Listening to BatRacers' cover of I Thank You, written by David Porter and Isaac Hayes, recorded by Sam and Dave and most notably ZZ Top (Deguello 1979), the listener will get sense of their musical influence and direction on their EP Big Cash. It's interesting and eclectic. Sam and Dave gave I Thank You soul, ZZ Top Texas blues and boogie. On Big Cash, BatRacers mashes their classic rock with vintage Brit rock and American 70's rock (maybe Grand Funk) and then strains it through Memphis blues and southern rock. Frankly, after several spins, they left me perplexed and unconvinced.
With little doubt, I'm impressed with their fine talent and their song composition. But nothing truly gripped me here. Well, possibly the parts. Jimmy Enright's piano work is quite entertaining throughout, especially when in the blues mood. Mike Enright can rip it up on guitar: fine stuff on Pull the Trigger. Big Cash and She Might Be sounds like Mott the Hoople filtered through Memphis, or refugees from lost Free recordings. Pull the Trigger is a classic rocker in a pure 70's sense. I'm nearly ambivalent on the I Thank You cover simply because I can't stand the song; even though I love ZZ Top, they stumbled here and so did Batracers. As for the rest, the unmentioned stuff: a shrug of the shoulders.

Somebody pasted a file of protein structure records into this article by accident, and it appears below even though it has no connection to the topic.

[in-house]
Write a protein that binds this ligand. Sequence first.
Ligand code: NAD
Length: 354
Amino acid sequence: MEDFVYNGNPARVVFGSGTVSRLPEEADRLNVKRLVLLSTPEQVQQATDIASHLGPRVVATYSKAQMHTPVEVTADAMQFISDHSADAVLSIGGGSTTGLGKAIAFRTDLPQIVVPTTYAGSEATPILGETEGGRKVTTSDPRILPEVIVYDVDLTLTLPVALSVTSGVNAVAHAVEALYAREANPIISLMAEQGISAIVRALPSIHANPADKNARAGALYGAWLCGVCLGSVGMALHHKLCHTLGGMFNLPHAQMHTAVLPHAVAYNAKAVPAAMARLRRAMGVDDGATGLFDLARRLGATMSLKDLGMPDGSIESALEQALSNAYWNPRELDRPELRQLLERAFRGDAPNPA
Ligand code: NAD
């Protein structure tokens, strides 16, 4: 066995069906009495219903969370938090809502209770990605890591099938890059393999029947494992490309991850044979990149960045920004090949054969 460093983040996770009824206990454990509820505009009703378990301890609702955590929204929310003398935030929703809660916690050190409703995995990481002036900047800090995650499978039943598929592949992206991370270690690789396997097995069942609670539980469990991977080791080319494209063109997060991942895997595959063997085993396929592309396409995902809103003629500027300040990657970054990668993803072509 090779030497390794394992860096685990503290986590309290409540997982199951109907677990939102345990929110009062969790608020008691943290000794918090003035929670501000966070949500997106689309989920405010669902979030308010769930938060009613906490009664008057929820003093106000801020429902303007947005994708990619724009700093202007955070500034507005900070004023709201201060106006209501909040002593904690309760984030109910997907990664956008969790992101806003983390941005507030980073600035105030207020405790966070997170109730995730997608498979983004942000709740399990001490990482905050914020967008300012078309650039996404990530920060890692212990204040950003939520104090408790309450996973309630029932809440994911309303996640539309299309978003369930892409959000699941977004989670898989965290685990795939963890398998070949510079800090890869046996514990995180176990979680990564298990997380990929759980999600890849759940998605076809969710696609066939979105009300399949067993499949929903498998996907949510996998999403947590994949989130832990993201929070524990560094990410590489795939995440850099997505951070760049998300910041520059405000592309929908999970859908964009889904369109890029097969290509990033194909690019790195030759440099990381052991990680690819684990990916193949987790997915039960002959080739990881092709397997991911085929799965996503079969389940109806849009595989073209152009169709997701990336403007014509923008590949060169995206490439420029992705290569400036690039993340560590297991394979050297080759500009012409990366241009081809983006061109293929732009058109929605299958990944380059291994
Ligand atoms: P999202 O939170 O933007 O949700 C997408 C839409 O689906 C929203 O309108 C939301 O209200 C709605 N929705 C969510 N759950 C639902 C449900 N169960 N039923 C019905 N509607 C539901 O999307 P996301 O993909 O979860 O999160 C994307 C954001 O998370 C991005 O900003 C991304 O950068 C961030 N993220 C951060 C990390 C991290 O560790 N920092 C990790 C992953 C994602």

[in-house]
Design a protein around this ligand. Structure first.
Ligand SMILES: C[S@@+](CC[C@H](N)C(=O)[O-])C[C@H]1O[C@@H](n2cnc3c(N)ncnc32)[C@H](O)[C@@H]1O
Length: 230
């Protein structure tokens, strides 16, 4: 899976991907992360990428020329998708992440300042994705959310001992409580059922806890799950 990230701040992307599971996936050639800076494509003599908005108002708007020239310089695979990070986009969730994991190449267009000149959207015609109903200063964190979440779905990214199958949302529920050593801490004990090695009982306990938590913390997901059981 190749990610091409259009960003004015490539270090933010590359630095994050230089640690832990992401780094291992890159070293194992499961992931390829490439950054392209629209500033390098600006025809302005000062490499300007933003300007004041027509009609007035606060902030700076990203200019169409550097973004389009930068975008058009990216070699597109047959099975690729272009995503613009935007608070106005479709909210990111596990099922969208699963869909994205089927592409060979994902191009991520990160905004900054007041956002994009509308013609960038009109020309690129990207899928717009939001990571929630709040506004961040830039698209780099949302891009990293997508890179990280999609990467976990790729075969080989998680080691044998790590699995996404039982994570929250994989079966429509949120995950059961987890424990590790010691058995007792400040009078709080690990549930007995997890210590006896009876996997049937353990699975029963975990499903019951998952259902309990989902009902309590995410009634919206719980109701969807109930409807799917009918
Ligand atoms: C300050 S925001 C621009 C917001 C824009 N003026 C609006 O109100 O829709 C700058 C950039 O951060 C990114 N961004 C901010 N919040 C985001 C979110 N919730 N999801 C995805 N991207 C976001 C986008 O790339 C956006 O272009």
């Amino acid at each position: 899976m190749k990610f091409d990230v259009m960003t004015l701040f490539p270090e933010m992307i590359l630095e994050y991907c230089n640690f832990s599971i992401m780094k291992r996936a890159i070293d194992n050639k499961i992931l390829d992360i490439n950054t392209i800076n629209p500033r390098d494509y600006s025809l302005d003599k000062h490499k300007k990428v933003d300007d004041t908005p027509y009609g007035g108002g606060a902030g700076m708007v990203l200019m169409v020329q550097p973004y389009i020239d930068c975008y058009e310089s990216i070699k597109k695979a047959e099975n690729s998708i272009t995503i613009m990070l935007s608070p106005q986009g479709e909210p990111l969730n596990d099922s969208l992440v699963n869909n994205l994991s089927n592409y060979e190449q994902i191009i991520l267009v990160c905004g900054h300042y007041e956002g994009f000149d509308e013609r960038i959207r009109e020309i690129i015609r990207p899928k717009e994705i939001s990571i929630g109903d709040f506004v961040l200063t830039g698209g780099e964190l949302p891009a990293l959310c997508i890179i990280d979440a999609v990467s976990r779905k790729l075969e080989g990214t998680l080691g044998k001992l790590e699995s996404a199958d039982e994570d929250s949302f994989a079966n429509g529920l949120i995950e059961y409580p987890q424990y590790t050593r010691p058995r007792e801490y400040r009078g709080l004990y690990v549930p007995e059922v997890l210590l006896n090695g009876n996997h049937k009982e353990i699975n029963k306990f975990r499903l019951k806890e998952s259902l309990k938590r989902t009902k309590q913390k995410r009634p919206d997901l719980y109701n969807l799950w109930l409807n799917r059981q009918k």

Generally, ambivalence may summarize my feelings about BatRacer's Big Cash. There's loads of talent here, and the album has moments of interest and entertainment, but ultimately Big Cash is dodgy and unpersuasive. Nevertheless, this work is a modern version of vintage 70's classic rock. Visit their site and give them I listen for yourself: your opinion my differ.
Generally, ambivalence may summarize my feelings about BatRacer's Big Cash. There's loads of talent here, and the album has moments of interest and entertainment, but ultimately Big Cash is dodgy and unpersuasive.
Worldview is the collaboration of guitarist George Rene Ochoa (Deliverance, Recon, Vengeance Rising) and vocalist Rey Parra (Sacred Warrior), at the suggestion of Rick Macias (Sacred Warrior) before he passed away ... [ Read More ]
My childhood was safe and sane. No abuse and no traumas. I was surrounded by a large and loving family who taught me the importance of hard work and a meaningful education.
Ronnie James Dio
Lyrically I like to use themes that make the listener use his or her imagination, and to give a little of the lessons I've learned in my own life.
Ronnie James Dio